By DogHeirs Team | Jul 2012
Children at a Memphis hospital got a surprise visit from a furry friend when golden retriever Jake came to brighten up the ward.
Eight-year-old Jake visited Le Bonheur Children’s hospital in Memphis, Tennessee as a part of the hospital's new ‘Pet Therapy’ scheme.
The patients included 6-year-old Alex Gosa, who was joined by Jake in his room at the hospital yesterday.
Alex Gosa, 6, is visited by golden retriever Jake during his recovery after losing his toe in an accident
When he was told the dog is two years older than him the boy replied: ‘I’m catching up with him.’
He was airlifted to Le Bonheur’s intensive care unit after losing his toe in an accident two weeks ago.
The young boy is seen gently stroking the golden retriever as ‘doctor’s orders’ at the hospital calls for the children spending time with animals during their recovery.
Pet Therapy has resulted in a better outcome for the patients, according to staff at Le Bonheur Children's Hospital.
Young Jalen Edwards, gently strokes Jake who came to visit him in his hospital bed. The Pet Therapy scheme has been in practice for two weeks with the children in the intensive care unit having better outcomes as a result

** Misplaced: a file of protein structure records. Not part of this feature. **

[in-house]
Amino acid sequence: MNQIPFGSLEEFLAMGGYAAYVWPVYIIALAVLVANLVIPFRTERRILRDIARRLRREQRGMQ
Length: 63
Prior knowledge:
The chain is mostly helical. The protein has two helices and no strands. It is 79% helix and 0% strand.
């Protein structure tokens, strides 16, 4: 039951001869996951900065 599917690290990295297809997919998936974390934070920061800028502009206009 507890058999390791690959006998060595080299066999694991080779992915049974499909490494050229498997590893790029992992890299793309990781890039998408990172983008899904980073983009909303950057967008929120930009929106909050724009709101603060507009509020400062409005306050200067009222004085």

The scheme has been going on for two weeks and it is the first time animals have been allowed at the hospital’s intensive care unit.
Sara Burnett, spokesperson for the hospital, said both patients and staff benefit from the scheme.
‘We all stop and pet them. Grandparents do. Physicians do. Family members and siblings.
‘I think there is something disarming about seeing a dog in a hospital. It makes you stop your 'busyness' — to take a minute and pet a dog’
Jake arrives with his owner Larry Springer to brighten up the day for the young patients at Le Bonheur to help cheer up patients. A new trend at Le Bonheur Children's Hospital
Josuha Moore, 5, and his father Elmer receives attention from the eight-year-old dog at the hospital in Memphis
Patient Madeline Epps said: ‘If you are sitting in a bed for God knows how many days, weeks or months, it's a really nice way of feeling love.
'You can't get that sort of compassion from people.’
The treatment, more commonly known as AAT - animal-assisted therapy - has been used to treat patients with mental and physical health problems since the late 18th century.
A 2010 study published in the U.S. Early Childhood Education Journal showed that children in particular benefit from AAT.
It concluded that as a child perceives animals as non-judgmental it is easier for the child to build up a 'social and emotional support system' with them.